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17 hours ago, M.Chapman said:

 

This looks softer to me than diffraction alone could cause. The Canon EFS 18-55 Mk3 is also a pretty good kit lens. 

A 13sec exposure in bright sunlight at F25..... There are several other things that might be going on.

 

The EXIF data shows that long exposure noise removal is OFF which is good, but it also shows that focussing was done manually, presumably becuase there's not enough light for AF through the ND filter. Not ideal for manual focus either...

 

Could there also have been camera or IS movement during the exposure? The EXIF data doesn't show if lens IS was ON or OFF.

IS should be off when doing long exposures.

 

A high level of ND filtering has been used. Is the ND filter poor quality and internal reflections/scattering are causing some loss of sharpness and flare around high contrast edges? NB. Even if that is the cause, F25 is too small an aperture to give images that are sharp enough for Alamy, due to diffraction. 

 

Mark

Amazing detail and information thank you, the Filter is brand new it is a Gobe which I am told is a middle of the range, I auto focused the lens without the filter on then put the lens on, then turned off the AF so it didnt try and focus with the lens on, there is no IS on this lens.

 

Would I have been better off with about F11 and shorten the time on the lens, I was concerned not having enough open lens time to blur the water enough, I have hear of people using the ND1000 and having the lens open for 4mins.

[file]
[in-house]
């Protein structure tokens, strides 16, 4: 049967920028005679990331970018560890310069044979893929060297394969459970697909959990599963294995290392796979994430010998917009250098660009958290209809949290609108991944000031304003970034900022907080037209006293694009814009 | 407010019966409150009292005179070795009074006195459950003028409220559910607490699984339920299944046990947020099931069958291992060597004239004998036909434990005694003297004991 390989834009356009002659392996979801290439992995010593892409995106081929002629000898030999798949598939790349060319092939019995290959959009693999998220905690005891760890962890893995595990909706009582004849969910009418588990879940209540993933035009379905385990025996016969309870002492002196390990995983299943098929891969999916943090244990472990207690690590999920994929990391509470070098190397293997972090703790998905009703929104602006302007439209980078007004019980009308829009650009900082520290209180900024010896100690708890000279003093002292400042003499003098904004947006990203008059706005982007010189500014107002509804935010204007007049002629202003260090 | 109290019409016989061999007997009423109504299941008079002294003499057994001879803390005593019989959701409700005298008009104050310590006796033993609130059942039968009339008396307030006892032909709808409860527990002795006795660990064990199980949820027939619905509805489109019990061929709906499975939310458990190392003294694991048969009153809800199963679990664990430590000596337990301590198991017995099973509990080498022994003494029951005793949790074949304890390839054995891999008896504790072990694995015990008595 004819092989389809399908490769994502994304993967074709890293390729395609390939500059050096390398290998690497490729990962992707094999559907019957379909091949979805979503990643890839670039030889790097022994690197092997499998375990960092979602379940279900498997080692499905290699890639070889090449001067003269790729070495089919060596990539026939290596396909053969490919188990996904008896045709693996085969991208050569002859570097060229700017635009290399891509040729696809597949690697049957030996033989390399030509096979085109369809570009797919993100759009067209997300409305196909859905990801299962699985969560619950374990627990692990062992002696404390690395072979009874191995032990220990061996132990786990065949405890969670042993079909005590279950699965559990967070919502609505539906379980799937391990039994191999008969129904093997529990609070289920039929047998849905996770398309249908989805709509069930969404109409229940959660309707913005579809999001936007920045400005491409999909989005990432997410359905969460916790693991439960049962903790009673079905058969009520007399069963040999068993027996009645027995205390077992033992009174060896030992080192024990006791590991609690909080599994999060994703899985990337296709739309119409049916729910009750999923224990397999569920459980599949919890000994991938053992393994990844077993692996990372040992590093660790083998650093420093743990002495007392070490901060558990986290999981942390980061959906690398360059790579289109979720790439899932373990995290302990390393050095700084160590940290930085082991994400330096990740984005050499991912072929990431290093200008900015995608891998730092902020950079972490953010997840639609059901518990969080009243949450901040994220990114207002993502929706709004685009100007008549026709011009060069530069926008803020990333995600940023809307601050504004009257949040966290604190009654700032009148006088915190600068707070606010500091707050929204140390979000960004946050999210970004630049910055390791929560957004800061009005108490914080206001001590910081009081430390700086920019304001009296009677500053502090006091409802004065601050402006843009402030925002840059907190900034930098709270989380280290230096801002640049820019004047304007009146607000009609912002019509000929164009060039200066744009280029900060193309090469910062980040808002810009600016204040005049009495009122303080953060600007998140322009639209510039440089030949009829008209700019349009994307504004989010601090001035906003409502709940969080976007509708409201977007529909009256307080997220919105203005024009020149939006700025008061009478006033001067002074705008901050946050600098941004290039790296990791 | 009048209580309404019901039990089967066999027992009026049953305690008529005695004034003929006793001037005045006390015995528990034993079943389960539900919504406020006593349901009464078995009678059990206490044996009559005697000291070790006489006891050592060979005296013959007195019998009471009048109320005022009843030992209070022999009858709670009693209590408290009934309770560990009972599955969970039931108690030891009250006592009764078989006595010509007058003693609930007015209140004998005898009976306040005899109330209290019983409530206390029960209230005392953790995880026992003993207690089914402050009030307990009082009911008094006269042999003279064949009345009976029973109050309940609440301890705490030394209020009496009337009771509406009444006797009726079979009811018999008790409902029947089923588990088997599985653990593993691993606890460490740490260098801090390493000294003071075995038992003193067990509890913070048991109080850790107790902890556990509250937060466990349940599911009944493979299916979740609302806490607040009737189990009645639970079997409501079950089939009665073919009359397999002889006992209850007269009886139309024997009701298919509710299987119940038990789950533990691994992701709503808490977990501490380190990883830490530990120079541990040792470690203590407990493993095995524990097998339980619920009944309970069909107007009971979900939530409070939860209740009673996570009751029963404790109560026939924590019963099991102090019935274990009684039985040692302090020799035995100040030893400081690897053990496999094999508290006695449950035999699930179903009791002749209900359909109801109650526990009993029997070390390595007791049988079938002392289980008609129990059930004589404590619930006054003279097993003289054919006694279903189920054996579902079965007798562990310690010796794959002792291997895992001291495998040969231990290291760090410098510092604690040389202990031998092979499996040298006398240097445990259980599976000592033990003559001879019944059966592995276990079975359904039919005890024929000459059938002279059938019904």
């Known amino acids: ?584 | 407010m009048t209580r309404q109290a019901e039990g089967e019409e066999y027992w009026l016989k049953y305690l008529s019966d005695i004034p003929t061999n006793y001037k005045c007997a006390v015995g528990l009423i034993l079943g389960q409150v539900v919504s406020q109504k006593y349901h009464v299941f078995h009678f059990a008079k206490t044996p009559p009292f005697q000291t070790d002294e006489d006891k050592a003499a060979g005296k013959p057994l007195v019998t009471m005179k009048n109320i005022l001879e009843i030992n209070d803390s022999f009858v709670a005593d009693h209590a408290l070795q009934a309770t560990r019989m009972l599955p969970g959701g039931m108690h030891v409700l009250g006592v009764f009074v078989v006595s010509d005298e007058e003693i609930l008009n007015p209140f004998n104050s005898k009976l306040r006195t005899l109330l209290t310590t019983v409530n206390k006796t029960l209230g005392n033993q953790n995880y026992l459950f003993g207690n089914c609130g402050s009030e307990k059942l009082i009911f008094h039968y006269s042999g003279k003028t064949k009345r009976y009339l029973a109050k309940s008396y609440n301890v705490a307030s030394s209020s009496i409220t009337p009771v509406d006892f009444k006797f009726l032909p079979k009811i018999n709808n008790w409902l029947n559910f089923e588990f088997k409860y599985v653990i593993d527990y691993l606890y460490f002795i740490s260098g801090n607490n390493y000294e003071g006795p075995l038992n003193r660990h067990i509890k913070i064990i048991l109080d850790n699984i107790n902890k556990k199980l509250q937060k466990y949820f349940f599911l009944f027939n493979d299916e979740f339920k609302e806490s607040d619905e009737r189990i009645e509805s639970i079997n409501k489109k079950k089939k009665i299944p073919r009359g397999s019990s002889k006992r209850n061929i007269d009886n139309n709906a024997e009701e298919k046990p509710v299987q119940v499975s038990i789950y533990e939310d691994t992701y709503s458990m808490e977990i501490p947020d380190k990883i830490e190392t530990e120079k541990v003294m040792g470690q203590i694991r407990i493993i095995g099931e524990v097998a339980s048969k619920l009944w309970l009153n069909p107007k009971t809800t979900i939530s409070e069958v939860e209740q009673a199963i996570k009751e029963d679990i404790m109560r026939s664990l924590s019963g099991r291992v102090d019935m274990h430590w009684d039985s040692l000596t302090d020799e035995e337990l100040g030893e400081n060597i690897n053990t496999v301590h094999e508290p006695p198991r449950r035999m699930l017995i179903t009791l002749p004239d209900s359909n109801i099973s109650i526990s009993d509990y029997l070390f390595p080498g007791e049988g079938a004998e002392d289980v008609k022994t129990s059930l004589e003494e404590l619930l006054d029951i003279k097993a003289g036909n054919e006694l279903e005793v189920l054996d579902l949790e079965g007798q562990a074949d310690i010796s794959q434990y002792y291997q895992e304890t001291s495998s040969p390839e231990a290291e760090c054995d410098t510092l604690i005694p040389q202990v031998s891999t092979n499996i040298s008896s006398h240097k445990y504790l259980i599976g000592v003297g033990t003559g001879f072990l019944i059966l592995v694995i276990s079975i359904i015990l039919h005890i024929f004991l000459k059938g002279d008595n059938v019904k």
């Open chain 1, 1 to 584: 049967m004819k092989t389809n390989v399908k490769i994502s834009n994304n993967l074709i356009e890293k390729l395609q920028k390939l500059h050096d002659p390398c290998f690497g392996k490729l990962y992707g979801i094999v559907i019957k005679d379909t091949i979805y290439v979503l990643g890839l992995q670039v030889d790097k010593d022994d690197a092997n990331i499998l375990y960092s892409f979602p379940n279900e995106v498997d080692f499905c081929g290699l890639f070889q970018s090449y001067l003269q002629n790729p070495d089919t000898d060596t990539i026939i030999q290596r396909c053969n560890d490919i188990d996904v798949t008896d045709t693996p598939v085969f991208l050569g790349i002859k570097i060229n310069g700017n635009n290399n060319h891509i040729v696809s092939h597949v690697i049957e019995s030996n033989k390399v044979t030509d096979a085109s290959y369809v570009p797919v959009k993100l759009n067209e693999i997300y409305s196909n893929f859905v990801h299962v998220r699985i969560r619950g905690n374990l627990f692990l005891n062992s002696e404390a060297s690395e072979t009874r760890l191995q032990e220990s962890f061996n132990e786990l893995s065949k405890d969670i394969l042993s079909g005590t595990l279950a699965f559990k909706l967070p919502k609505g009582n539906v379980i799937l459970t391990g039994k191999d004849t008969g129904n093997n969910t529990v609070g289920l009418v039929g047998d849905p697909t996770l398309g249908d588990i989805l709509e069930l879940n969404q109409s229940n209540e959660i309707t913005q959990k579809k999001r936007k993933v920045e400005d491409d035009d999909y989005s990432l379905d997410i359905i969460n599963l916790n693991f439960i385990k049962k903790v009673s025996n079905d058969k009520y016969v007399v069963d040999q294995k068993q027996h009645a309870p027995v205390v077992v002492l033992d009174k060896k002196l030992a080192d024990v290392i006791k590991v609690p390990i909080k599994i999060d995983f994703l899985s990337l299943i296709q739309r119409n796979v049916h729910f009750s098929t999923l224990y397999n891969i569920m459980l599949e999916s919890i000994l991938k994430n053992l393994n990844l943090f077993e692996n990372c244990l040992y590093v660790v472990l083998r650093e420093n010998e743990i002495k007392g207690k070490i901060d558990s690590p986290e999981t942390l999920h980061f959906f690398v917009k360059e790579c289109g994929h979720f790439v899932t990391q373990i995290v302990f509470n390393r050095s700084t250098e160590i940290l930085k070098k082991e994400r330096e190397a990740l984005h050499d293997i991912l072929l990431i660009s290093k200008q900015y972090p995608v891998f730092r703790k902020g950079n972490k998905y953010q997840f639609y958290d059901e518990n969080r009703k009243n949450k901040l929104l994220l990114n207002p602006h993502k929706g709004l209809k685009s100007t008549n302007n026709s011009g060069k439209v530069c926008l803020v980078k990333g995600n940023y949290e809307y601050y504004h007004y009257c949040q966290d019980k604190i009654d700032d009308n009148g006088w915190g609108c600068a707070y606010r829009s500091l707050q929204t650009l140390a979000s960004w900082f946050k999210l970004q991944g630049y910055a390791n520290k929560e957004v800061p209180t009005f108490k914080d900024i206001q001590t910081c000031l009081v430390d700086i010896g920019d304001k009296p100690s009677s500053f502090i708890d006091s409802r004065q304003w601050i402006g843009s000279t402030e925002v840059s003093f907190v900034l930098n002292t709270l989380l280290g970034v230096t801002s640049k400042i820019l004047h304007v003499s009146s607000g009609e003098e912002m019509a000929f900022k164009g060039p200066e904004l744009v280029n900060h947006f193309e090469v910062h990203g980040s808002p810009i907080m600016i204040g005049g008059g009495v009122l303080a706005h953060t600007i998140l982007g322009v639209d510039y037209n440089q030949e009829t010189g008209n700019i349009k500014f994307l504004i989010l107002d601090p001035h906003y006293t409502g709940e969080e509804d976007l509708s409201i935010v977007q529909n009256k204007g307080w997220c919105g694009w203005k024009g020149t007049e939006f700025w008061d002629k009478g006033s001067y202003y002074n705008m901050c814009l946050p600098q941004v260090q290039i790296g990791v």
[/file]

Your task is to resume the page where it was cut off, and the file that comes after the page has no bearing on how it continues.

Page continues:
Again thanks for everyone's help with this.

 

Normally the pics with this lens are crystal clear, I may have to check the Filter to see if it has any issues.

 

Many thanks

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There are some lines around the straight parts of the bridge. They could just be compression artefacts, but more likely they're double images caused by the filter. Try a with/without test on a subject with straight lines and high contrast edges.

And check that focus, if those metadata are correct you've focussed too close and you've run out of depth of field.

Edited by spacecadet

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I would forget about complex explanations here like diffraction.Having looked at the pics I think there are two main issues - flare and camera shake

 

The reason why the images are softer on one side than the other is simply flare. The light is coming from above and to the right which is causing awful flare at the right side on both images. It is causing that softness and low contrast that comes from shooting into a strong light source.

 

The image that was shot at 1/85 s is "reasonably sharp" on the left side. I use inverted commas because it is still not great but the technique seems ok.

 

The image that was shot at 12s is unsharp everywhere so is presumably camera shake - even softer at the right due to flare.

 

As has been said, don't shoot at f22. Lens quality typically rapidly deteriorates at apertures smaller than f11, particularly the edges and diffraction also comes into play. If you are going to shoot into strong light like that, then a better lens is advisable - a cheap second hand Canon prime lens would be far better than a kit zoom.

Edited by MDM

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3 hours ago, FotoFinishMe said:

 I auto focused the lens without the filter on then put the lens on, then turned off the AF so it didnt try and focus with the lens on....

 

That maybe a significant factor. If the lens is anything like the Canon 18-55 MkII lens I had, it was optically pretty good, but mechanically very, very lightweight plastic construction and hence flimsy. There's no way I could have screwed a filter on without significantly disturbing the focus.

 

Mark

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